49. In fixing fees the following elements should be considered: First-The time and labor required, the novelty and difficulty of the questions involved, and the skill requisite to properly conduct the cause. Second-Whether the particular case will debar the attorney's appearance for others in cases likely to arise out of the transaction, and in which there is a reasonable expectation that the attorney would otherwise be employed; and herein of the loss of other business while employed in the particular case, and the antagonism with other clients growing out of the employment. Third-The customary charges of the bar for similar services. Fourth-The real amount involved and the benefit resulting from the service. Fifth-Whether the compensation was contingent or assured. Sixth--Is the client a regular one, retaining the attorney in all his business? No one of these consideration is in itself controlling. They are mere guides in ascertaining what the service was really worth; and in fixing the amount it should never be forgotten that the profession is

a branch of the administration of justice and not a mere moneygetting trade.

50. Contingent fees may be contracted for; but they lead to many abuses, and certain compensation is to be preferred.

51. Casual and slight services should be rendered without charge by one attorney to another in his personal cause; but when the service goes beyond this an attorney may be charged as other clients. Ordinary advice, and services to the family of a deceased attorney, should be rendered without charge in most instances; and where the circumstances make it proper to charge, the fees should generally be less than in case of other clients.

52. Witnesses and suitors should be treated with fairness and kindness. When essential to the ends of justice to arraign their conduct or testimony, it should be done without villification or unnecessary harshness. Fierceness of manner and uncivil behavior can add nothing to the truthful dissection of a false witness' testimony, and often rob deserve strictures of proper weight.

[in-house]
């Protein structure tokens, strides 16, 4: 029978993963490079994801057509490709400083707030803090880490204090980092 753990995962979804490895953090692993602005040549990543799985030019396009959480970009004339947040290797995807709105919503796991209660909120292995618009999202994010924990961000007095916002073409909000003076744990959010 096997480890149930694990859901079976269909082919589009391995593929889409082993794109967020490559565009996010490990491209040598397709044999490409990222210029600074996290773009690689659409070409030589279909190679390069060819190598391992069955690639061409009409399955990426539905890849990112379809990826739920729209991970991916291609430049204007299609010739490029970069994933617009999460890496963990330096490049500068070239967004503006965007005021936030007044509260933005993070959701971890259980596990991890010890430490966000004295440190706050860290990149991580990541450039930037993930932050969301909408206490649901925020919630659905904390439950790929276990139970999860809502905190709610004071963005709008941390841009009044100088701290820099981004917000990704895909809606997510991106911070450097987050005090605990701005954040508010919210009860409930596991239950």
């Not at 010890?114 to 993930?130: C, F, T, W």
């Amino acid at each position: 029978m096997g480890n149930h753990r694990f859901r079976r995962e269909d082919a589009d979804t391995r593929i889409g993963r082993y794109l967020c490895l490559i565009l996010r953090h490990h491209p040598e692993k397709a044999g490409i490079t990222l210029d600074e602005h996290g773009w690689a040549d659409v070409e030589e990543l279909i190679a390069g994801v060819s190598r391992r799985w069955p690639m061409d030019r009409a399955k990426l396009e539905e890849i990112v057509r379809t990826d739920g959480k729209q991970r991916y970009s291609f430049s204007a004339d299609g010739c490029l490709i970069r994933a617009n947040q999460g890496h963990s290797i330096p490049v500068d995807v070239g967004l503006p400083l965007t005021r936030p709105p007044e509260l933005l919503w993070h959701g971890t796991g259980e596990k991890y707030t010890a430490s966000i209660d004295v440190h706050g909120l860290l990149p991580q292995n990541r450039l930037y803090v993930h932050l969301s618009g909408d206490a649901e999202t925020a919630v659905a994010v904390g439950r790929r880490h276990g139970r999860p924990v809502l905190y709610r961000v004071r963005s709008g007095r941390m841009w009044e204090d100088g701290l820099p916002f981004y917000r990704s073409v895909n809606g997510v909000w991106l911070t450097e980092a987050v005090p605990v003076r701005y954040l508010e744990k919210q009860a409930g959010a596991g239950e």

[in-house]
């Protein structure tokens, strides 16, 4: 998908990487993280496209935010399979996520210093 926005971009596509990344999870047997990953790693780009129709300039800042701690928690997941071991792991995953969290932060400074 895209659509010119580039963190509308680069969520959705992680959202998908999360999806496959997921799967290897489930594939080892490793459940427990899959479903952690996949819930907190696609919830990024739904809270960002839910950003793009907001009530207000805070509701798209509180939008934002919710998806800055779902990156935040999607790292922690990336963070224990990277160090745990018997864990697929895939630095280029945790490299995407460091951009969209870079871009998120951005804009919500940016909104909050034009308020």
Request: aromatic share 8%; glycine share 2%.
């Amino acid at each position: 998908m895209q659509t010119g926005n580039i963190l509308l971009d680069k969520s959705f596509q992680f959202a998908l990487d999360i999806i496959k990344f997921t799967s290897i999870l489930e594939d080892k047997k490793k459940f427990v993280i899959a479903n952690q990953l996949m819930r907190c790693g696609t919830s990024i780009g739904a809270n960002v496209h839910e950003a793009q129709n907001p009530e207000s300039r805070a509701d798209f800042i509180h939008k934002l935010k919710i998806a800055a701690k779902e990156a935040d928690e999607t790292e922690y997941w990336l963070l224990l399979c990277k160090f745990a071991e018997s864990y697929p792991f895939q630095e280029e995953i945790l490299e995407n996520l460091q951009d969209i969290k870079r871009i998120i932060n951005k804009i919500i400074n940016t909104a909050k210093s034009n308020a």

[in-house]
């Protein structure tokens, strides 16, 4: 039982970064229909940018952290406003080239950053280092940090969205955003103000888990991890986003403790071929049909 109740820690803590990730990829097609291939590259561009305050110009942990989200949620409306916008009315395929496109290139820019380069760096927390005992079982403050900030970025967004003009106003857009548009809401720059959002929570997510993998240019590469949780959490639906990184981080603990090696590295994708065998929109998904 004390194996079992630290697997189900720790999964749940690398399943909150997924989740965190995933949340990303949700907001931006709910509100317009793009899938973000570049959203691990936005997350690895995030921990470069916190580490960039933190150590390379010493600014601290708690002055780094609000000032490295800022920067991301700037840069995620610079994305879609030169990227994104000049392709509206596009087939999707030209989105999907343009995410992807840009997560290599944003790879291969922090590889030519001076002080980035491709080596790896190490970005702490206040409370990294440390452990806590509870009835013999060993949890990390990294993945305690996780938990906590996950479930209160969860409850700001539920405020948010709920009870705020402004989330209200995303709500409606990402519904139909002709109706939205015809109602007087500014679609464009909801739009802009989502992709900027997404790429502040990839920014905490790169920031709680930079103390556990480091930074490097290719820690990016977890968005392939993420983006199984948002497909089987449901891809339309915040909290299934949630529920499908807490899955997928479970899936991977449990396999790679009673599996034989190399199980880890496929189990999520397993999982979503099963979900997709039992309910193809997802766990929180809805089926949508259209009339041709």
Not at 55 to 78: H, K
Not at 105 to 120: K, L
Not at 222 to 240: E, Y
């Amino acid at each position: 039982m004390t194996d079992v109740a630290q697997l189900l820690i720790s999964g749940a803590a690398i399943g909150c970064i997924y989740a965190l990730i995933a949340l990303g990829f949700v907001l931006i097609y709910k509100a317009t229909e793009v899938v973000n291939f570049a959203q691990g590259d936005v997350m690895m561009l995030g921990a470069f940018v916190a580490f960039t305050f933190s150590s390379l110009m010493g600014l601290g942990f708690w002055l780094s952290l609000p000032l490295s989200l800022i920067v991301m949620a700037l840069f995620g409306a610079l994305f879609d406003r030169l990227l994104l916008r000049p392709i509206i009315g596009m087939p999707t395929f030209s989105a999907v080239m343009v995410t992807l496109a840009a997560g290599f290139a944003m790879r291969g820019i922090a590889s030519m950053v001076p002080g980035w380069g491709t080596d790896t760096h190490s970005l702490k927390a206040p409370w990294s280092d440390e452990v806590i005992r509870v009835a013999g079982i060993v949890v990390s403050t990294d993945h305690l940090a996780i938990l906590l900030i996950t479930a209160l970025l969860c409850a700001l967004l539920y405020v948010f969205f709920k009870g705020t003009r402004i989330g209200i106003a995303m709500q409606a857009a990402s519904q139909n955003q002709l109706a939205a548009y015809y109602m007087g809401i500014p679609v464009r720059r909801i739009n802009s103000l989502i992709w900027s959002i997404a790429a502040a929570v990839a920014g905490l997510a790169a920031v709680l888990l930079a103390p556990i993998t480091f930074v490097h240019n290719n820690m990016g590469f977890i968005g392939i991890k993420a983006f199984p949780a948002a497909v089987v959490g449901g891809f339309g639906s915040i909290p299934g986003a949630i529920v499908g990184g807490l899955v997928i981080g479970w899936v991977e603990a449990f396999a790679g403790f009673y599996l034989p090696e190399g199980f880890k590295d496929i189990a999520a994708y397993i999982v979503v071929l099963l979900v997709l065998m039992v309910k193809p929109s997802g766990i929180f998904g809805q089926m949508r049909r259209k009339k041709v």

53. It is the duty of the court and its officers to provide for the comfort of jurors. Displaying special concern for their comfort, and volunteering to ask favors for them, while they are present such as frequent motions to adjourn trials, or take a recess, solely on the ground of the jury's fatigue, or hunger, the uncomfortableness of their seats, or the court room, and the like -should be avoided. Such intervention of attorneys, when proper, ought to be had privately with the court; whereby there will be no appearance of fawning upon the jury, nor ground for ill feeling of the jury towards court or opposite counsel, if such requests are denied. For like reasons, one attorney should never ask another, in the presence of the jury, to consent to its discharge or dispersion; and when such a request is made by the court, the attorneys, without indicating their preference, should ask to be heard after the jury withdraws.

54. An attorney ought never to converse privately with jurors about the case; and must avoid all unnecessary communication, even as to matters foreign to the cause, both before and during the trial. Any other course, no matter how blameless the attorney's motives, gives color for imputing evil designs, and often leads to scandal in the administration of justice.

55. An attorney assigned as counsel for an indigent prisoner ought not to ask to be excused for any light cause, and should always be a friend to the defenseless and oppressed.